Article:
You are here

Echo Bridge

-A A +A
1875–1877, Joseph P. Davis and Alphonse Fteley. Charles River between Needham and Newton Upper Falls.
  • Echo Bridge (Peter Vanderwarker or Antonina Smith)

Rapid population growth strained the water supply capacity of Boston in the second half of the nineteenth century. In 1872, engineer Joseph P. Davis proposed a plan to draw water from the Sudbury River in Framingham. Boston appointed Davis city engineer to oversee construction of this 18.8–mile aqueduct. Alphonse Fteley assisted on this project and designed later city waterworks as assistant engineer. Supplying seventy million gallons of water per day, the new system provided six times the volume of earlier schemes. Davis and Fteley designed Echo Bridge, the largest structure in the aqueduct, to transport water across the Charles River. The 475-foot-long bridge carries the brick-lined aqueduct over seven powerful granite arches; it is the longest crossing of the Charles River and held the title of second longest masonry span in the country when completed. In 1895, the Echo Bridge became the centerpiece of Hemlock Gorge, the adjacent woodland section of the Charles River banks and one of the first reservations in the newly created Boston Metropolitan Park System.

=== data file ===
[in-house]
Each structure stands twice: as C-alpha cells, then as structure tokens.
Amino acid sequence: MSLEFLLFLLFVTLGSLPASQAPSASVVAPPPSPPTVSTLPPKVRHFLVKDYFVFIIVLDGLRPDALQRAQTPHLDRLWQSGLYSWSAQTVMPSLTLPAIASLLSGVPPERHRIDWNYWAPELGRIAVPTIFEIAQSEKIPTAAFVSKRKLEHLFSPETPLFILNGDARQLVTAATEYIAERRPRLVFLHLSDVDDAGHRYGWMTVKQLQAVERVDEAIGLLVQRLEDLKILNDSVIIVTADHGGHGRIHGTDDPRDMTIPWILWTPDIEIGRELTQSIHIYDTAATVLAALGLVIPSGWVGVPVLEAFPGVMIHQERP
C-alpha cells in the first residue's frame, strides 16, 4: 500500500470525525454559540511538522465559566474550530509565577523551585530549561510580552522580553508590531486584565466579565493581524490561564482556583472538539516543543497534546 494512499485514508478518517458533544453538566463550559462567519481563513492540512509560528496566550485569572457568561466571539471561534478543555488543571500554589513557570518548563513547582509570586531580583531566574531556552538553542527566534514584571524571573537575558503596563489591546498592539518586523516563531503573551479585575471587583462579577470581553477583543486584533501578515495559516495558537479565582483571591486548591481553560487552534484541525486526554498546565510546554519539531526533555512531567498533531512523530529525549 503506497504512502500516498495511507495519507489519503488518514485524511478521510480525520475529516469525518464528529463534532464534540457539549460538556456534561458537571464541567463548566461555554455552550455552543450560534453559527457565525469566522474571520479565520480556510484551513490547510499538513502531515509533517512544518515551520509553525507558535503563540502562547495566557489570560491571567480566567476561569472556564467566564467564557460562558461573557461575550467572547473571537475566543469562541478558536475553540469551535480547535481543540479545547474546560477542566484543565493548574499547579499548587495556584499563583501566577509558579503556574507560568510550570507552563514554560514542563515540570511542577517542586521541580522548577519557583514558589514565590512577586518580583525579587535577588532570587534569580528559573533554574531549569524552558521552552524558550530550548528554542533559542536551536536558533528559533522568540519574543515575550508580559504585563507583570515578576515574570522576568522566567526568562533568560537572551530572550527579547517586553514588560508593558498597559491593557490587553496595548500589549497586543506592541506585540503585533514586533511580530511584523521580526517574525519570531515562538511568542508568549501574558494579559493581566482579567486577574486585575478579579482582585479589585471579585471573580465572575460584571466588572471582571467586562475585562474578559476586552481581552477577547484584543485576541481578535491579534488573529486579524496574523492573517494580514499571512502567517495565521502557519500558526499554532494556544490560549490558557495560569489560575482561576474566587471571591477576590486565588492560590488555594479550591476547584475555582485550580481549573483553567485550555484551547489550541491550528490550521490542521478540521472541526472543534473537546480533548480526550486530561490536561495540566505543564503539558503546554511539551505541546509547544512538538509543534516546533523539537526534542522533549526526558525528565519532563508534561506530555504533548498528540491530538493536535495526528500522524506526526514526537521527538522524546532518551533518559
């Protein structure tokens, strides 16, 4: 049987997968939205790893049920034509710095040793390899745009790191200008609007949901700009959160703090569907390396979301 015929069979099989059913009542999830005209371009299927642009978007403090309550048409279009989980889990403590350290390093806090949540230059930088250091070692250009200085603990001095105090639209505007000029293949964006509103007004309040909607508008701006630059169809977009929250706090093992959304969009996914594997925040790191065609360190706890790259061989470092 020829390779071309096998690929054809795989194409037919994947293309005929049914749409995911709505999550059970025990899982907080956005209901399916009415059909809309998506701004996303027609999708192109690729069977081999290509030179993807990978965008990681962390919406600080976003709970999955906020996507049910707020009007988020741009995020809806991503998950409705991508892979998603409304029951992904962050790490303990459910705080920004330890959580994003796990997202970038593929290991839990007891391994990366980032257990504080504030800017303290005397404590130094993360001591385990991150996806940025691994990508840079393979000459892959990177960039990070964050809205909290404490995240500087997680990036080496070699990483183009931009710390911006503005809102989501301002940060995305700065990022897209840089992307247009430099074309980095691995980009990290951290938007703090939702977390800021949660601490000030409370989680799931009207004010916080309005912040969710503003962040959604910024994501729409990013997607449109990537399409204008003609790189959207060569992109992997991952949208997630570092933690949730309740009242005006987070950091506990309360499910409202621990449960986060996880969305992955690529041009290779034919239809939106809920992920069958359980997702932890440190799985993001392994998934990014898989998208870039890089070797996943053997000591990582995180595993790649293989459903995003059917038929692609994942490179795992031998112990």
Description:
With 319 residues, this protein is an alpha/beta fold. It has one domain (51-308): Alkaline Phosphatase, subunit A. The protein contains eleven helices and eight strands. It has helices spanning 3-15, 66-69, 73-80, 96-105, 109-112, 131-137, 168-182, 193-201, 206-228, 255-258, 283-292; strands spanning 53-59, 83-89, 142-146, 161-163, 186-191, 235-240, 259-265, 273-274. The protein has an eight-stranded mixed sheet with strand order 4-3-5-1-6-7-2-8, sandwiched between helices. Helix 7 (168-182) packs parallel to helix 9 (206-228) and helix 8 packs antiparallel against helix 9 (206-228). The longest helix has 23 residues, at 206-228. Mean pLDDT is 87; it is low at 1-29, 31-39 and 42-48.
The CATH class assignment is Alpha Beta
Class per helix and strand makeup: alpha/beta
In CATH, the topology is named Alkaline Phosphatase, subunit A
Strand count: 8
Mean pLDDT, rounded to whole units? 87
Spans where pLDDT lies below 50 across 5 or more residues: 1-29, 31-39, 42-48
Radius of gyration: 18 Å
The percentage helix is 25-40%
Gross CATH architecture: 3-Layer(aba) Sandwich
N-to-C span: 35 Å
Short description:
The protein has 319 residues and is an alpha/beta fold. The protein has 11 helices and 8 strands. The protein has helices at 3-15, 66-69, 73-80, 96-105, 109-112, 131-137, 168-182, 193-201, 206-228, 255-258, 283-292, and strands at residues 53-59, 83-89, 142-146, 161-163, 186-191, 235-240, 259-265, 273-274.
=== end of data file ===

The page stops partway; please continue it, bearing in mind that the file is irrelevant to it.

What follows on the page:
Writing Credits

Keith N. Morgan


What's Nearby


Keith N. Morgan, "Echo Bridge", [Newton, Massachusetts], SAH Archipedia, eds. Gabrielle Esperdy and Karen Kingsley, Charlottesville: UVaP, 2012—,

Print Source

Cover: Buildings of Massachusetts

Buildings of Massachusetts: Metropolitan Boston, Keith N. Morgan, with Richard M. Candee, Naomi Miller, Roger G. Reed, and contributors. Charlottesville: University of Virginia Press, 2009, 491-491.

If SAH Archipedia has been useful to you, please consider supporting it.

SAH Archipedia tells the story of the United States through its buildings, landscapes, and cities. This freely available resource empowers the public with authoritative knowledge that deepens their understanding and appreciation of the built environment. But the Society of Architectural Historians, which created SAH Archipedia with University of Virginia Press, needs your support to maintain the high-caliber research, writing, photography, cartography, editing, design, and programming that make SAH Archipedia a trusted online resource available to all who value the history of place, heritage tourism, and learning.